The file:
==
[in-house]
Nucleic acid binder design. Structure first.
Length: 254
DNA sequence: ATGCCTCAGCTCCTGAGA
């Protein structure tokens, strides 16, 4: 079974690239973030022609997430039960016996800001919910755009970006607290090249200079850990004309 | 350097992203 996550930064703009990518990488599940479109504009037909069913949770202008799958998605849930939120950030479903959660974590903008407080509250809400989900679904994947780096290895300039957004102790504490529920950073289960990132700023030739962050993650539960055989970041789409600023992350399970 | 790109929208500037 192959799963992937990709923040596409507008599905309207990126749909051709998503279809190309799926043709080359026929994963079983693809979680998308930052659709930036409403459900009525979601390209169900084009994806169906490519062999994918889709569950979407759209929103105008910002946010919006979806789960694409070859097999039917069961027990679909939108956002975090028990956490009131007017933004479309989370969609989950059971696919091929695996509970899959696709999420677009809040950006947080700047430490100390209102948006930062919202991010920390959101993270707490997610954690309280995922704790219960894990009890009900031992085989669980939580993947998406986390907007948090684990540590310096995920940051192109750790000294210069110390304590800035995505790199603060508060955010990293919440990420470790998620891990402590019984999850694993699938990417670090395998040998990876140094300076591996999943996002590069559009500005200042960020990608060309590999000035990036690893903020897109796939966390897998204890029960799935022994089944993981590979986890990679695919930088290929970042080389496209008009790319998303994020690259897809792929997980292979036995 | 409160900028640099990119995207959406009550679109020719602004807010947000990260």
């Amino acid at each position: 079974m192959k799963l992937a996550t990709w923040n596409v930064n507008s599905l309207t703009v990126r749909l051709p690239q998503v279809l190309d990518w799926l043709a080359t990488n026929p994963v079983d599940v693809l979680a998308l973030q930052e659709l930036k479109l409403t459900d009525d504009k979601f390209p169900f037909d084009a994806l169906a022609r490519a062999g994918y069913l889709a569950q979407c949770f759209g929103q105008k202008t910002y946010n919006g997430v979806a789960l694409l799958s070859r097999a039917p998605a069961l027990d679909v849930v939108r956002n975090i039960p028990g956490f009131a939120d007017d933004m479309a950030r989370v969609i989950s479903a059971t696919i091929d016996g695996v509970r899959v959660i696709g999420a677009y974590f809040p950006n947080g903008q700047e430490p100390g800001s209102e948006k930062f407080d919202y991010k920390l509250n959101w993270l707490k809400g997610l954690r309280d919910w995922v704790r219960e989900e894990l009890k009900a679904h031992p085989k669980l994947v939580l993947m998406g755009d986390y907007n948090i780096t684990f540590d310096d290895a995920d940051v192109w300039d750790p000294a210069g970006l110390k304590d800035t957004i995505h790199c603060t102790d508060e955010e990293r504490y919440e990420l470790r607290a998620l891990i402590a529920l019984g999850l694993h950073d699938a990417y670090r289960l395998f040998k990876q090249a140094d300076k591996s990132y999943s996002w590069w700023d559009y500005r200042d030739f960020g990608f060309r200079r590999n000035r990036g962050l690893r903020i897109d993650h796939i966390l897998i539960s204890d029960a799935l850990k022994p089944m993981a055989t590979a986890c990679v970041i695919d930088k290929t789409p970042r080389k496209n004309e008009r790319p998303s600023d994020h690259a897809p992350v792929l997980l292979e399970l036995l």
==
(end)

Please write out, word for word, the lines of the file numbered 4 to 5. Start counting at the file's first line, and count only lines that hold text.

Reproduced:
DNA sequence: ATGCCTCAGCTCCTGAGA
């Protein structure tokens, strides 16, 4: 079974690239973030022609997430039960016996800001919910755009970006607290090249200079850990004309 | 350097992203 996550930064703009990518990488599940479109504009037909069913949770202008799958998605849930939120950030479903959660974590903008407080509250809400989900679904994947780096290895300039957004102790504490529920950073289960990132700023030739962050993650539960055989970041789409600023992350399970 | 790109929208500037 192959799963992937990709923040596409507008599905309207990126749909051709998503279809190309799926043709080359026929994963079983693809979680998308930052659709930036409403459900009525979601390209169900084009994806169906490519062999994918889709569950979407759209929103105008910002946010919006979806789960694409070859097999039917069961027990679909939108956002975090028990956490009131007017933004479309989370969609989950059971696919091929695996509970899959696709999420677009809040950006947080700047430490100390209102948006930062919202991010920390959101993270707490997610954690309280995922704790219960894990009890009900031992085989669980939580993947998406986390907007948090684990540590310096995920940051192109750790000294210069110390304590800035995505790199603060508060955010990293919440990420470790998620891990402590019984999850694993699938990417670090395998040998990876140094300076591996999943996002590069559009500005200042960020990608060309590999000035990036690893903020897109796939966390897998204890029960799935022994089944993981590979986890990679695919930088290929970042080389496209008009790319998303994020690259897809792929997980292979036995 | 409160900028640099990119995207959406009550679109020719602004807010947000990260």